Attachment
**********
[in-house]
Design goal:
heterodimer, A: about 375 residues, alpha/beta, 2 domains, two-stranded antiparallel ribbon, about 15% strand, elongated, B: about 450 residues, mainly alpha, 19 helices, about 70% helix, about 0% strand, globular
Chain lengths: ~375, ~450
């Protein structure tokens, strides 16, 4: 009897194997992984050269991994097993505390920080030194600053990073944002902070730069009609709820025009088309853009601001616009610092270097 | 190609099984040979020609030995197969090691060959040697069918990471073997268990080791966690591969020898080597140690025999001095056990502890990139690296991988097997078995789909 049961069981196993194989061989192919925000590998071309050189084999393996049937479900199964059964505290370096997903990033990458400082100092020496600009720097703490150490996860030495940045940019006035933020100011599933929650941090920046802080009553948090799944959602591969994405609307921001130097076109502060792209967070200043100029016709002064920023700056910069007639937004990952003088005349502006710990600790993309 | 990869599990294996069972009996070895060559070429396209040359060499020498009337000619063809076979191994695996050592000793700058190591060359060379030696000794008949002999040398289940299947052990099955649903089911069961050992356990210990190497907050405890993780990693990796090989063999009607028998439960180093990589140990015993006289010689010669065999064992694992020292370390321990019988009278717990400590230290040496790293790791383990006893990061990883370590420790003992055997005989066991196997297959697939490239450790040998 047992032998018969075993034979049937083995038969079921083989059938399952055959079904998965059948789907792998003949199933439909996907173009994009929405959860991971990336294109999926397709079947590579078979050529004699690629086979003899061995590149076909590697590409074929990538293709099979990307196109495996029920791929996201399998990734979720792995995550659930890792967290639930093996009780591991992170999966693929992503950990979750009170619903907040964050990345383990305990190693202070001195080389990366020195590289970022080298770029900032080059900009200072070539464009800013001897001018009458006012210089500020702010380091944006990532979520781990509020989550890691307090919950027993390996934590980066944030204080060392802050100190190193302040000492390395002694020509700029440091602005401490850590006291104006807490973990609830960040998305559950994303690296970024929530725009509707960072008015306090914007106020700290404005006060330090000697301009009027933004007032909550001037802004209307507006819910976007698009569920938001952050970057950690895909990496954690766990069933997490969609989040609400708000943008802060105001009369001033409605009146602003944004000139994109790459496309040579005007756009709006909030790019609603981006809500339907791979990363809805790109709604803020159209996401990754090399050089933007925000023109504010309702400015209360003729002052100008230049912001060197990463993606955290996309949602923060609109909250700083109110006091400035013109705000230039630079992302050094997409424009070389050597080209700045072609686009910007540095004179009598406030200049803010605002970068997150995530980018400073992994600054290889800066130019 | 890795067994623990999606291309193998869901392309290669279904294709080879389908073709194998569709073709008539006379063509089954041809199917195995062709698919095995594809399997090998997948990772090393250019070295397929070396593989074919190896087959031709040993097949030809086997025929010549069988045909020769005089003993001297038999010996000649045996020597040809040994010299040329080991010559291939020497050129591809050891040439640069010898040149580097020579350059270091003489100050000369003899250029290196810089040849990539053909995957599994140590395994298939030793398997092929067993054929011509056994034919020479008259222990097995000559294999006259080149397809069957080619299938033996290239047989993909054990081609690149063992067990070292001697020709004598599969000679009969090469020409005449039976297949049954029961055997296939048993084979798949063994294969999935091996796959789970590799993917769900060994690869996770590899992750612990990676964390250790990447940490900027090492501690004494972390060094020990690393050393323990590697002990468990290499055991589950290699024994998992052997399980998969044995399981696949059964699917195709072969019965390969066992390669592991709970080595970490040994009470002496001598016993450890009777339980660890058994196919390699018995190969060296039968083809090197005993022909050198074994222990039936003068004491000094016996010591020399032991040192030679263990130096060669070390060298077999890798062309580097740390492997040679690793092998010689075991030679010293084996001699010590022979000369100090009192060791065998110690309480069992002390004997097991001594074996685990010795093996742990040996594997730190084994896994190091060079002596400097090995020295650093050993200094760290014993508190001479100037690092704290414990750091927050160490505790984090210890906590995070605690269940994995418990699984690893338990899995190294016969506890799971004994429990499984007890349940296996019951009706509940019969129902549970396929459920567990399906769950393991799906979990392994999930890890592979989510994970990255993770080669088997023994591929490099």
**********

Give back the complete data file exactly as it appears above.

[in-house]
Design goal:
heterodimer, A: about 375 residues, alpha/beta, 2 domains, two-stranded antiparallel ribbon, about 15% strand, elongated, B: about 450 residues, mainly alpha, 19 helices, about 70% helix, about 0% strand, globular
Chain lengths: ~375, ~450
């Protein structure tokens, strides 16, 4: 009897194997992984050269991994097993505390920080030194600053990073944002902070730069009609709820025009088309853009601001616009610092270097 | 190609099984040979020609030995197969090691060959040697069918990471073997268990080791966690591969020898080597140690025999001095056990502890990139690296991988097997078995789909 049961069981196993194989061989192919925000590998071309050189084999393996049937479900199964059964505290370096997903990033990458400082100092020496600009720097703490150490996860030495940045940019006035933020100011599933929650941090920046802080009553948090799944959602591969994405609307921001130097076109502060792209967070200043100029016709002064920023700056910069007639937004990952003088005349502006710990600790993309 | 990869599990294996069972009996070895060559070429396209040359060499020498009337000619063809076979191994695996050592000793700058190591060359060379030696000794008949002999040398289940299947052990099955649903089911069961050992356990210990190497907050405890993780990693990796090989063999009607028998439960180093990589140990015993006289010689010669065999064992694992020292370390321990019988009278717990400590230290040496790293790791383990006893990061990883370590420790003992055997005989066991196997297959697939490239450790040998 047992032998018969075993034979049937083995038969079921083989059938399952055959079904998965059948789907792998003949199933439909996907173009994009929405959860991971990336294109999926397709079947590579078979050529004699690629086979003899061995590149076909590697590409074929990538293709099979990307196109495996029920791929996201399998990734979720792995995550659930890792967290639930093996009780591991992170999966693929992503950990979750009170619903907040964050990345383990305990190693202070001195080389990366020195590289970022080298770029900032080059900009200072070539464009800013001897001018009458006012210089500020702010380091944006990532979520781990509020989550890691307090919950027993390996934590980066944030204080060392802050100190190193302040000492390395002694020509700029440091602005401490850590006291104006807490973990609830960040998305559950994303690296970024929530725009509707960072008015306090914007106020700290404005006060330090000697301009009027933004007032909550001037802004209307507006819910976007698009569920938001952050970057950690895909990496954690766990069933997490969609989040609400708000943008802060105001009369001033409605009146602003944004000139994109790459496309040579005007756009709006909030790019609603981006809500339907791979990363809805790109709604803020159209996401990754090399050089933007925000023109504010309702400015209360003729002052100008230049912001060197990463993606955290996309949602923060609109909250700083109110006091400035013109705000230039630079992302050094997409424009070389050597080209700045072609686009910007540095004179009598406030200049803010605002970068997150995530980018400073992994600054290889800066130019 | 890795067994623990999606291309193998869901392309290669279904294709080879389908073709194998569709073709008539006379063509089954041809199917195995062709698919095995594809399997090998997948990772090393250019070295397929070396593989074919190896087959031709040993097949030809086997025929010549069988045909020769005089003993001297038999010996000649045996020597040809040994010299040329080991010559291939020497050129591809050891040439640069010898040149580097020579350059270091003489100050000369003899250029290196810089040849990539053909995957599994140590395994298939030793398997092929067993054929011509056994034919020479008259222990097995000559294999006259080149397809069957080619299938033996290239047989993909054990081609690149063992067990070292001697020709004598599969000679009969090469020409005449039976297949049954029961055997296939048993084979798949063994294969999935091996796959789970590799993917769900060994690869996770590899992750612990990676964390250790990447940490900027090492501690004494972390060094020990690393050393323990590697002990468990290499055991589950290699024994998992052997399980998969044995399981696949059964699917195709072969019965390969066992390669592991709970080595970490040994009470002496001598016993450890009777339980660890058994196919390699018995190969060296039968083809090197005993022909050198074994222990039936003068004491000094016996010591020399032991040192030679263990130096060669070390060298077999890798062309580097740390492997040679690793092998010689075991030679010293084996001699010590022979000369100090009192060791065998110690309480069992002390004997097991001594074996685990010795093996742990040996594997730190084994896994190091060079002596400097090995020295650093050993200094760290014993508190001479100037690092704290414990750091927050160490505790984090210890906590995070605690269940994995418990699984690893338990899995190294016969506890799971004994429990499984007890349940296996019951009706509940019969129902549970396929459920567990399906769950393991799906979990392994999930890890592979989510994970990255993770080669088997023994591929490099």